Michelle’s input on language was very engaging and led to me reflecting on my own experiences of learning English. I expect most native speakers like me take this ability for granted, and because the initial processes began so early in life I can’t really remember the actual process. I was also quite literate before attending primary school so have always felt very confident in using language. This instinctive or at least early development of the understanding of how to communicate is marvellous in and of itself, but does not help me analyse the process in terms of teaching it to others. On reflection one of the key aspects is repetition, or practice, along with immersion in real world use of language and exposure to vocabulary, initially with parents/care givers and then broadening out from there.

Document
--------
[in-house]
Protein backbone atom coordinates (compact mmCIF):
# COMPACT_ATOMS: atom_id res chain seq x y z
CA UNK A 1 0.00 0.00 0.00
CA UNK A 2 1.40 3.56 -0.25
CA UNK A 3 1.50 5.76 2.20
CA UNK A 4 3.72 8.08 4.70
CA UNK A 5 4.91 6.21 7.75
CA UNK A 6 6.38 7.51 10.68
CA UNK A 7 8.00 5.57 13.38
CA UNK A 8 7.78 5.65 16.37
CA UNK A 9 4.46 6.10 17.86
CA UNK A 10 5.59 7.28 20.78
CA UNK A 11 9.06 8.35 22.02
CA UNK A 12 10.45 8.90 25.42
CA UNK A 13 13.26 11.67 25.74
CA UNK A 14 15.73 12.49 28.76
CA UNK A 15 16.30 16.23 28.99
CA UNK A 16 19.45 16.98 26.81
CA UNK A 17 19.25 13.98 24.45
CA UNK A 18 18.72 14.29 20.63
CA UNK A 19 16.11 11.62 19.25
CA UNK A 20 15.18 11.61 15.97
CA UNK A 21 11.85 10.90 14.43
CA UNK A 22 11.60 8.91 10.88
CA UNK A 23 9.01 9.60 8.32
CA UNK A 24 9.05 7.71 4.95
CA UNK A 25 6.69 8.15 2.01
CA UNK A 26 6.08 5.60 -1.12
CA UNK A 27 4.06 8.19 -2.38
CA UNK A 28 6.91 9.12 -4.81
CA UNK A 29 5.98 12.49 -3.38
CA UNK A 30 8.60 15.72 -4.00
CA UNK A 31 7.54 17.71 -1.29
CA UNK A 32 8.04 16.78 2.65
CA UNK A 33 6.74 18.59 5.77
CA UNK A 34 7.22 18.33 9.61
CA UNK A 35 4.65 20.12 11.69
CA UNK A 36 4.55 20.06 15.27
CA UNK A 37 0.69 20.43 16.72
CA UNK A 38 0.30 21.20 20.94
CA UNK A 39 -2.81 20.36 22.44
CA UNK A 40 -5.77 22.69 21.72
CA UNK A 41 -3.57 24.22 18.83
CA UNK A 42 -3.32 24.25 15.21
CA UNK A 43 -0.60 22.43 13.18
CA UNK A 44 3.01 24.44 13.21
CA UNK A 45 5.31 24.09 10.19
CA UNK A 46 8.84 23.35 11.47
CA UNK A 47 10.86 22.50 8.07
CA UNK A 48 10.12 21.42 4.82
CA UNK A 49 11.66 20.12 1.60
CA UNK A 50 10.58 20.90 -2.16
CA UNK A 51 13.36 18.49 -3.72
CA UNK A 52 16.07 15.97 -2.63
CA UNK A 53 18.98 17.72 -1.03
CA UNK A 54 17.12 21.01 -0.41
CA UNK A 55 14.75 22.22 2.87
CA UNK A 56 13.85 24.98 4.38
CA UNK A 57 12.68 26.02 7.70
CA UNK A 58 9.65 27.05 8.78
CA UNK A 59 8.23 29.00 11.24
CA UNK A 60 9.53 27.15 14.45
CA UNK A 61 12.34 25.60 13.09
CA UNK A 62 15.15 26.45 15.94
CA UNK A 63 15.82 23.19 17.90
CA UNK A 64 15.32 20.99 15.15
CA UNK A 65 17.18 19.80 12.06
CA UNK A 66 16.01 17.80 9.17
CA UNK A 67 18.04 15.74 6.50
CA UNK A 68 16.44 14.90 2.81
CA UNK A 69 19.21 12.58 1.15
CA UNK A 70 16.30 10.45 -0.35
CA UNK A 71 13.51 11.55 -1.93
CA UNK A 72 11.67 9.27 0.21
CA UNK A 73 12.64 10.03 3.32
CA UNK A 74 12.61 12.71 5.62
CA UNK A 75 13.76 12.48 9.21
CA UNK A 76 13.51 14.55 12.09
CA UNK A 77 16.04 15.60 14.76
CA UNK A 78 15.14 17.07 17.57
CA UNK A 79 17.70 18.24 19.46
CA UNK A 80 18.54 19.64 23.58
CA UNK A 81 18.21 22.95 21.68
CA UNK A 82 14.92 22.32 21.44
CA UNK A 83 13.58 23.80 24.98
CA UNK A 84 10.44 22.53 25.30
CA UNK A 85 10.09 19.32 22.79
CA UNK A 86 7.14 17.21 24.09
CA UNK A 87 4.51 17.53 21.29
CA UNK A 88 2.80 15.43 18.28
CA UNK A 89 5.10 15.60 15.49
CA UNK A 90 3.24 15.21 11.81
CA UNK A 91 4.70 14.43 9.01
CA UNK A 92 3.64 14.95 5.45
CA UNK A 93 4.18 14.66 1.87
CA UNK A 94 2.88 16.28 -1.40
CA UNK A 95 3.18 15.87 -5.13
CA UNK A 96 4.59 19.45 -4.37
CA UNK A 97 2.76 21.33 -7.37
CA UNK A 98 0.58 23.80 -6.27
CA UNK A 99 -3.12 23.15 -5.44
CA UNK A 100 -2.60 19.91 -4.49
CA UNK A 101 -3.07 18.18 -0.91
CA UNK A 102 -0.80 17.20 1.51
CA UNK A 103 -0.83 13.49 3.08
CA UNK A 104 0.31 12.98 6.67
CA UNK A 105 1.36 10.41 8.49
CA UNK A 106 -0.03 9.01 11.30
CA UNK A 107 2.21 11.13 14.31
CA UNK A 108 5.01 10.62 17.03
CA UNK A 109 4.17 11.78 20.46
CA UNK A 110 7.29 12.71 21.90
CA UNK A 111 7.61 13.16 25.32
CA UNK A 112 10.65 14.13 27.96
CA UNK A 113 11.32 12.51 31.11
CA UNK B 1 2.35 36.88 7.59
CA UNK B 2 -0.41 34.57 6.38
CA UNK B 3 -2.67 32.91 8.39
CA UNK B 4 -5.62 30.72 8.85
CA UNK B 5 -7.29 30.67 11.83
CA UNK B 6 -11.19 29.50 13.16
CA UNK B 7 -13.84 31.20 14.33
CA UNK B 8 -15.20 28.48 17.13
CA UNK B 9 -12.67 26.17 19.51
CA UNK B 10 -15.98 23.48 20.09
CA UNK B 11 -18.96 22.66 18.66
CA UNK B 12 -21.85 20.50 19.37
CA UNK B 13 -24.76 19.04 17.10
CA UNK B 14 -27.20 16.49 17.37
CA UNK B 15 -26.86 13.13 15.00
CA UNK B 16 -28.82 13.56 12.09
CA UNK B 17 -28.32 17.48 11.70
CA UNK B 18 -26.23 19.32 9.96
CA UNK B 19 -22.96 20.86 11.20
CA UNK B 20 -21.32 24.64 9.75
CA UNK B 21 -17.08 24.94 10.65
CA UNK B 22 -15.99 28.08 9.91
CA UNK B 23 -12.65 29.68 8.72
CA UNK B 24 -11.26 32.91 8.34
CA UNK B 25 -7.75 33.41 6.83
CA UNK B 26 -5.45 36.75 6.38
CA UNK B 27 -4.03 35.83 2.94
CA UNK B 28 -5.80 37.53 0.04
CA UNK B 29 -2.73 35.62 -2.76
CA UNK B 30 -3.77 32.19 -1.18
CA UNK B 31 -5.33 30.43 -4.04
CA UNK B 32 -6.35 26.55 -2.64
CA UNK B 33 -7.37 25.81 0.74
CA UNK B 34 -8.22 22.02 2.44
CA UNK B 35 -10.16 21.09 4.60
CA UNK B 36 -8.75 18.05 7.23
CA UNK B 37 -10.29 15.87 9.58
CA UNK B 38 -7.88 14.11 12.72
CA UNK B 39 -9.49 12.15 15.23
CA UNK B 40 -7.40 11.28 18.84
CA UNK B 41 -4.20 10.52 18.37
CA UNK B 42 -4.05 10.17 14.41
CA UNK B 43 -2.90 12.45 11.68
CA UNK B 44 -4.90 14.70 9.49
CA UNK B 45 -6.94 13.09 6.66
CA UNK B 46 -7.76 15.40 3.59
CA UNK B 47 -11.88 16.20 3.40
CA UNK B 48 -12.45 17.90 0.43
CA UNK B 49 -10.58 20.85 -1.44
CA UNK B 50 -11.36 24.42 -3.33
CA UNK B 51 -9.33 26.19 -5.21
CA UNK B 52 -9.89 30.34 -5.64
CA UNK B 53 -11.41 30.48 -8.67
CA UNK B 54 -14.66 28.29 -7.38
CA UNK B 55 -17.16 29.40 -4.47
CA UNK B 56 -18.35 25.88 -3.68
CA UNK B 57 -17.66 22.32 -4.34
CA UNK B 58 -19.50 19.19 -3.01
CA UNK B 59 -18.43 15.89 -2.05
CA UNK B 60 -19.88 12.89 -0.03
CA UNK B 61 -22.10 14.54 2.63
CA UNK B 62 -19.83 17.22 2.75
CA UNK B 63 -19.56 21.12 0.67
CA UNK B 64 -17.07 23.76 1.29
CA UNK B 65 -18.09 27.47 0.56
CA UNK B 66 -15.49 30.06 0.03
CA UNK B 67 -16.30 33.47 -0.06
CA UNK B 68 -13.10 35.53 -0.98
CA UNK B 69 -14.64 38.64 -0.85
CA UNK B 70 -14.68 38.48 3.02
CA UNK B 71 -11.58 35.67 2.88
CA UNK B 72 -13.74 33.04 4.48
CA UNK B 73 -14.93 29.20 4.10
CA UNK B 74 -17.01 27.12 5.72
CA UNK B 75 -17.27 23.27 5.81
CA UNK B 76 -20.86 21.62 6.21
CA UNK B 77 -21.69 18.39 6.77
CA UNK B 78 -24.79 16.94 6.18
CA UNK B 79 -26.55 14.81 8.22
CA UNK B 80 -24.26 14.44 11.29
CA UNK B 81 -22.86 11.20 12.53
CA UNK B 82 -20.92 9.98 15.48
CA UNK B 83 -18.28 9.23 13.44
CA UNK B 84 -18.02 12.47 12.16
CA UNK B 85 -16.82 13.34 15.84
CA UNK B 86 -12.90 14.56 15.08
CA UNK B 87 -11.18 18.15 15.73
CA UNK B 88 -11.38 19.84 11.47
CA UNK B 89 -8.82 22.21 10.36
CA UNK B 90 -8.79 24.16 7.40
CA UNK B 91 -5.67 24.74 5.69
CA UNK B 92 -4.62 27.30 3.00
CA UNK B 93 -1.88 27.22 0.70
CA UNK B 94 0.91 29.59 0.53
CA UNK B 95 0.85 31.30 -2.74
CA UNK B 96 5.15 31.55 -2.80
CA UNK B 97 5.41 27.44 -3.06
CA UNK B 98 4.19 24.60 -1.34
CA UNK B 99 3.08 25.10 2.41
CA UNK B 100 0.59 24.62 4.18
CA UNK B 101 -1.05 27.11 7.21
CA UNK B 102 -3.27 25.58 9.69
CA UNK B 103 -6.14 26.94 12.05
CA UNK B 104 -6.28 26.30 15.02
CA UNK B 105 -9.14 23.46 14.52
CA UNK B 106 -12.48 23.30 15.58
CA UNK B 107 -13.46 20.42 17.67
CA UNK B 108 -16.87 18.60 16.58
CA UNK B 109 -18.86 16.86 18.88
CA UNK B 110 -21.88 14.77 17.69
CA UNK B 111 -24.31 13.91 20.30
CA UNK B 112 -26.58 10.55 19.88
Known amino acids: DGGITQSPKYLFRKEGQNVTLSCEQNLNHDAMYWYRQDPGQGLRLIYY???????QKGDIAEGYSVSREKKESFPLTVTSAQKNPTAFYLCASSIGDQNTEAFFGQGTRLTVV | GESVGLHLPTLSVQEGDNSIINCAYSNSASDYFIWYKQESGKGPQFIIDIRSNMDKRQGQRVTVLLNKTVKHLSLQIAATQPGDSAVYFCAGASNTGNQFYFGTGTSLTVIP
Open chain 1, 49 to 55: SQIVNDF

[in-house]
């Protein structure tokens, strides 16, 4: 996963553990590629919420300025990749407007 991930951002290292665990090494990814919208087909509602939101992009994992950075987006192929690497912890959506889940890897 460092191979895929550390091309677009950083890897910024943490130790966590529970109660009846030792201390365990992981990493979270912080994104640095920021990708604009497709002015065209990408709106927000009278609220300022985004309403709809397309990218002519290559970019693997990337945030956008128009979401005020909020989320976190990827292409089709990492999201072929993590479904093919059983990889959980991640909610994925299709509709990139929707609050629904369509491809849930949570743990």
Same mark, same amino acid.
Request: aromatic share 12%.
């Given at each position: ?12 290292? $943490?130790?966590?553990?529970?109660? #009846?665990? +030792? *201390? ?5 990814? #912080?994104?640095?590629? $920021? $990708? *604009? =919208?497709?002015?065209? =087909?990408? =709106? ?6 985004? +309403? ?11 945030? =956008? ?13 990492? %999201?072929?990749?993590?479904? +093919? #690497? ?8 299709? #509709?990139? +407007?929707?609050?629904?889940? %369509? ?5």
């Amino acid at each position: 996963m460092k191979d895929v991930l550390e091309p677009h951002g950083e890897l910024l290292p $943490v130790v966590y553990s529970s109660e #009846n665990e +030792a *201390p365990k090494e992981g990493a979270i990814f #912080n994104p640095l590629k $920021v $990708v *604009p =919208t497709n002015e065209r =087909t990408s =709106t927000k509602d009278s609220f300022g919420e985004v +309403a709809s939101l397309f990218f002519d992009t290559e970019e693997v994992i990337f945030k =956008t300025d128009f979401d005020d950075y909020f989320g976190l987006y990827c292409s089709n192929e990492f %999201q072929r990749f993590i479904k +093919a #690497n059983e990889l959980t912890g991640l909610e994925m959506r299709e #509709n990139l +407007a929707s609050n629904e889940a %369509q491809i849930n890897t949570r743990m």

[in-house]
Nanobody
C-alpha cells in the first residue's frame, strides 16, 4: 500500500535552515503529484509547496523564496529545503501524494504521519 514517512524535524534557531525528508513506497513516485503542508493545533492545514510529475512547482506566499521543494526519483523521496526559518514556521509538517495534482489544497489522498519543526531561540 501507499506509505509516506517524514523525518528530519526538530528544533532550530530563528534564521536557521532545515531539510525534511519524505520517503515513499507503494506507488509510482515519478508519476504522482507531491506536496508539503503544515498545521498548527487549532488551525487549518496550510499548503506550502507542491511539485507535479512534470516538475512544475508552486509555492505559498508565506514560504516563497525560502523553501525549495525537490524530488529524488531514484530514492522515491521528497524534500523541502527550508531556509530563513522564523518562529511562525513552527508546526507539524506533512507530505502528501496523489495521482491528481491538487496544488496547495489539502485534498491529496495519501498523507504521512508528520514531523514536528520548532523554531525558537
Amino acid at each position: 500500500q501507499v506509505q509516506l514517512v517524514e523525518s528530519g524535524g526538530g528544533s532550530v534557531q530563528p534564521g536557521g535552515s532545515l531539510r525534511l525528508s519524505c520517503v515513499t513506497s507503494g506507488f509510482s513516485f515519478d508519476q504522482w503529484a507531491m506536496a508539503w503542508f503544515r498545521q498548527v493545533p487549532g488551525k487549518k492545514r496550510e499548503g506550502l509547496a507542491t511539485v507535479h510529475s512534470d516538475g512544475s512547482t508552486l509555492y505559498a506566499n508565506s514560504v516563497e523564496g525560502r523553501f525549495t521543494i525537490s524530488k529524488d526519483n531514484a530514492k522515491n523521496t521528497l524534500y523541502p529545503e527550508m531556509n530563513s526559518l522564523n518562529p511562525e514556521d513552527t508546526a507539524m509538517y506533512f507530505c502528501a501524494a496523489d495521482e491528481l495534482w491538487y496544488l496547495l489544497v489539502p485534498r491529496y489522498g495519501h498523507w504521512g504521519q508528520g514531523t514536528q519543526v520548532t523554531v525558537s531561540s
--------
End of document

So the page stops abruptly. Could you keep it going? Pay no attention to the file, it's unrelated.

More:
With reference to children achieving second level outcomes, I would be hoping to observe engagement and confidence in using language, and the ability to summarise, discern between facts and opinion and to explain the purpose of an instance of communication. Bloom’s Taxonomy (represented graphically below) suggests the kind of language to use when assessing learners’ stages.
Another method might be to use ‘hot’ and ‘cold’ tasks, which give teachers an insight into learners’ stages and give their pupils an opportunity for self-assessment, reflection and benchmarking.
As literacy underpins attainment in all other aspects of the curriculum, and therefore one’s role in society, I am a keen exponent and practice what I preach. I read a great deal from a wide variety of sources, both professionally and for pleasure. This is a habit which both my own young children have adopted by osmosis and one which I hope to pass on to young learners in my charge. For if young people can express themselves, communicate and comprehend effectively, then there is no limit to their potential.